WORLD POLIO DAY 2020

On 24th OCTOBER 2020 the Rotary Worldwide is celebrating World Polio Day.

Why are we celebrating?

Ryan Hyland writes:

African region declared free of wild poliovirus

“The World Health Organization (WHO) on 25 August announced that transmission of the wild poliovirus has officially been stopped in all 47 countries of its African region. This is a historic and vital step toward global eradication of polio, which is Rotary’s top priority.”

“Rotary and its GPEI partners celebrate a monumental achievement, say global eradication of wild polio is possible with the continued dedication and persistence of Rotarians.”

Click here to read his full article

Bill Gates and The Rotary

On endpolio.org the Rotary describe how Bill Gates has worked with them to raise funds by matching contributions by 2-1.

Here’s what they say:

“Rotary, the World Health Organization, UNICEF and the Centers for Disease Control and Prevention launched the Global Polio Eradication Initiative in 1988. In 2007, the Bill & Melinda Gates Foundation joined Rotary in its commitment to ending polio.

Since 2013, the Gates Foundation has matched every $1 Rotary commits to polio eradication 2-to-1, up to $35 million per year. Rotary, with matching funds from the Gates Foundation, has contributed more than $1.6 billion to end polio.

Since we started the fight against polio, we’ve reduced the number of polio cases by 99.9 percent and reached more than 2.5 billion children with the vaccine. There are fewer polio cases today than ever before, but we will not stop until we reach zero. If polio is not eradicated, hundreds of thousands of children could be paralyzed. Global health care costs would rise dramatically, and many children’s quality of life would be drastically diminished.”

Why is this so pertinent in today’s world?

The work the Rotary has done working with The World Health Organisation to eradicate Polio in the most vulnerable and inaccessible places in the world since 1988 gives us hope in todays world that, once we have a vaccine for Covid 19 that we can use lessons learnt, infrastructure in place and networks in order to administer the vaccine worldwide too.

Why PURPLE for Polio?

“The reason Rotary choose purple is because when a child receives their life saving polio drops on mass polio immunisation days in many countries their little finger is painted with a purple dye so it is clear they have received their life-saving vaccine.”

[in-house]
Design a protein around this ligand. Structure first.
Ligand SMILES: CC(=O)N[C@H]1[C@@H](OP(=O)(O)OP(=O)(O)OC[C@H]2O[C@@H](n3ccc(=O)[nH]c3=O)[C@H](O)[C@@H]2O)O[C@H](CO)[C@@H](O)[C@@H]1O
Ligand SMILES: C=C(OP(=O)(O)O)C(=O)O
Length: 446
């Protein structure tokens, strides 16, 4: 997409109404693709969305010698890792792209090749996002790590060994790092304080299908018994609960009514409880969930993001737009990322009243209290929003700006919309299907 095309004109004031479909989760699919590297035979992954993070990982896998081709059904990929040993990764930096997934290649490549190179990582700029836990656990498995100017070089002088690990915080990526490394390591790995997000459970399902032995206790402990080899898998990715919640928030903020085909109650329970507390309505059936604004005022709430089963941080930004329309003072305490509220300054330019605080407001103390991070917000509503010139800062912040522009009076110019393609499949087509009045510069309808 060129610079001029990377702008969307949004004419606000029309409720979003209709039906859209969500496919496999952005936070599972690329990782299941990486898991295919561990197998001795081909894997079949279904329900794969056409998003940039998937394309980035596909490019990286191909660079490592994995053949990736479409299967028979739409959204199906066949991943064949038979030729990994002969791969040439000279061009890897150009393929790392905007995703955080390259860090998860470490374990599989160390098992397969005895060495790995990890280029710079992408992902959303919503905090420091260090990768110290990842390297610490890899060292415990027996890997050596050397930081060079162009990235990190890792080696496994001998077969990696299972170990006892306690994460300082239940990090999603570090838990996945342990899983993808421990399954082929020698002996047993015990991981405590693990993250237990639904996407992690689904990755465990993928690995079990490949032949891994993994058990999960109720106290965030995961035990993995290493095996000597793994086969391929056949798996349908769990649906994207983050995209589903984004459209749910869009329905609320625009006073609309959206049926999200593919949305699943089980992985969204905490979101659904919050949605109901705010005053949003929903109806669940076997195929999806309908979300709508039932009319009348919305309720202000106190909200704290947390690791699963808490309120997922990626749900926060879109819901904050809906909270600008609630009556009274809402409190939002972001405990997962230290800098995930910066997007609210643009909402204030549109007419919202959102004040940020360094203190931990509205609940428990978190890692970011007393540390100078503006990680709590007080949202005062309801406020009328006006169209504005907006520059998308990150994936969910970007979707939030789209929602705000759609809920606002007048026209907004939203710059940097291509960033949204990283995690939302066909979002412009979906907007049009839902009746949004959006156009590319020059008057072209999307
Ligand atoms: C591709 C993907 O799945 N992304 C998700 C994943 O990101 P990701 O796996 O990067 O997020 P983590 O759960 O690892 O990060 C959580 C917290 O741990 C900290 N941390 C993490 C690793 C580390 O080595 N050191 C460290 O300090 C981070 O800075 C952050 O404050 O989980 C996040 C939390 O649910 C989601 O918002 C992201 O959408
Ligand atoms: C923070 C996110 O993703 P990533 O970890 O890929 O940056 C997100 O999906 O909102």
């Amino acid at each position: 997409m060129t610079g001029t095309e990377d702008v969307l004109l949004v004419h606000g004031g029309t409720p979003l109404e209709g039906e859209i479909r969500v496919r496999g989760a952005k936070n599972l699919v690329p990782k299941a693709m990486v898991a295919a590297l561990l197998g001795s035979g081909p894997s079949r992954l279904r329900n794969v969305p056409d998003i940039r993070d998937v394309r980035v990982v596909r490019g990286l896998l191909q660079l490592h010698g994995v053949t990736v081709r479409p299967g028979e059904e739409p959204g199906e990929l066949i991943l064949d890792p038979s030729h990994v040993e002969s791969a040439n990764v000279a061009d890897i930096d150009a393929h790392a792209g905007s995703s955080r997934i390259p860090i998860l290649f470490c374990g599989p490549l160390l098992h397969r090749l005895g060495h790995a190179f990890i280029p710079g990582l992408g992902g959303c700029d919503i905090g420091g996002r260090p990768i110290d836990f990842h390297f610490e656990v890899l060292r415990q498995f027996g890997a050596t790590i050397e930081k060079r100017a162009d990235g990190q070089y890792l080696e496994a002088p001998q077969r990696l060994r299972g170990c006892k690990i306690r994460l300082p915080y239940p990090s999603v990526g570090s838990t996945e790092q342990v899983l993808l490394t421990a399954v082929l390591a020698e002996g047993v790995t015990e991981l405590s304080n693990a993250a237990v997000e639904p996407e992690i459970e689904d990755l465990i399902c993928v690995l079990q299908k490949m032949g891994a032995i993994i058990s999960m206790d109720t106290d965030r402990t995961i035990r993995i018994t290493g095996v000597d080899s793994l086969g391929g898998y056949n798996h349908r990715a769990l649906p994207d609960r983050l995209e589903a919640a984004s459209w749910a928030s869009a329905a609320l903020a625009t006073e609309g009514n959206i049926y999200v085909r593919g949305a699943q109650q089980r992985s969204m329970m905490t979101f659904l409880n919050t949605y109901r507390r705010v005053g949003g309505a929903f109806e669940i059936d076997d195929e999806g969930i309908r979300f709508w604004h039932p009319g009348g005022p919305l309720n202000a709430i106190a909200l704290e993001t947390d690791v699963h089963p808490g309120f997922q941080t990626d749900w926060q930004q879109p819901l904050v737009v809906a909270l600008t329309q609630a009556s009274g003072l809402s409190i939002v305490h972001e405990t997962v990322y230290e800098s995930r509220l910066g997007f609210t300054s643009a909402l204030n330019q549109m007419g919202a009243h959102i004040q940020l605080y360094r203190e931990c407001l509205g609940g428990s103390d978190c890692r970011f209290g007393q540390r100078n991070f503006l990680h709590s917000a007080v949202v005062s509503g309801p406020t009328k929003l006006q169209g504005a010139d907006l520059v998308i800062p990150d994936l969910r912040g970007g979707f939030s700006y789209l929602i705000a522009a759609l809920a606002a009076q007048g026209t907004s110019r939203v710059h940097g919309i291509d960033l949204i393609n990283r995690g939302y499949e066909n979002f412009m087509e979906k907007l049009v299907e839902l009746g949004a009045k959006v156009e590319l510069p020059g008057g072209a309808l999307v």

Look out for events near you.

In the area in Fife, Scotland around Burntisland, Kinghorn, Aberdour and Achtertool the Burntisland and Kinghorn Rotary Club have organised  a ‘raising awareness’ campaign by a photo competition on Facebook and another exciting event which I’ll post here after the weekend.

PURPLE 4 POLIO PHOTO CONTEST

Why don’t you get snapping and enter before 5th November!

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Filed under Events, Fife

Author Roderick Hart takes up the ‘Throw a Dice Challenge’

I’m really pleased to welcome author Roderick Hart who is taking part in my

‘Throw a Dice Challenge’

Please can you share your author bio:

 

Roderick Hart

has published poetry in anthologies of verse, made bubble gum in Philadelphia, studied folk music in Afghanistan, and worked for many years in a recording studio, training students in scripting, recording and editing. He lives with his wife in the grounds of an old convent in Edinburgh.

TELL US A BIT ABOUT ONE OF YOUR CHARACTERS ROD

Louise Galbraith is a lawyer in my novel, Interleaved Lives. She is first asked to defend her wealthy friend, Alison Ogilvie, who is accused of arranging the death of her husband. She is later persuaded, against her better judgement, to defend the main character, Douglas Hunter, a private detective employed by Alison Ogilvie to investigate the real cause of her husband’s death.

I am part way through Interleaved Lives and believe that I am just about to meet Louise Galbraith, so this is really interesting for me:

Now can you reveal more about Louise by sharing some of her memories?

We throw a dice. One is the most tragic or horrific memory to a six which is the most fantastic or beautiful memory. Here goes:

 

Memory 1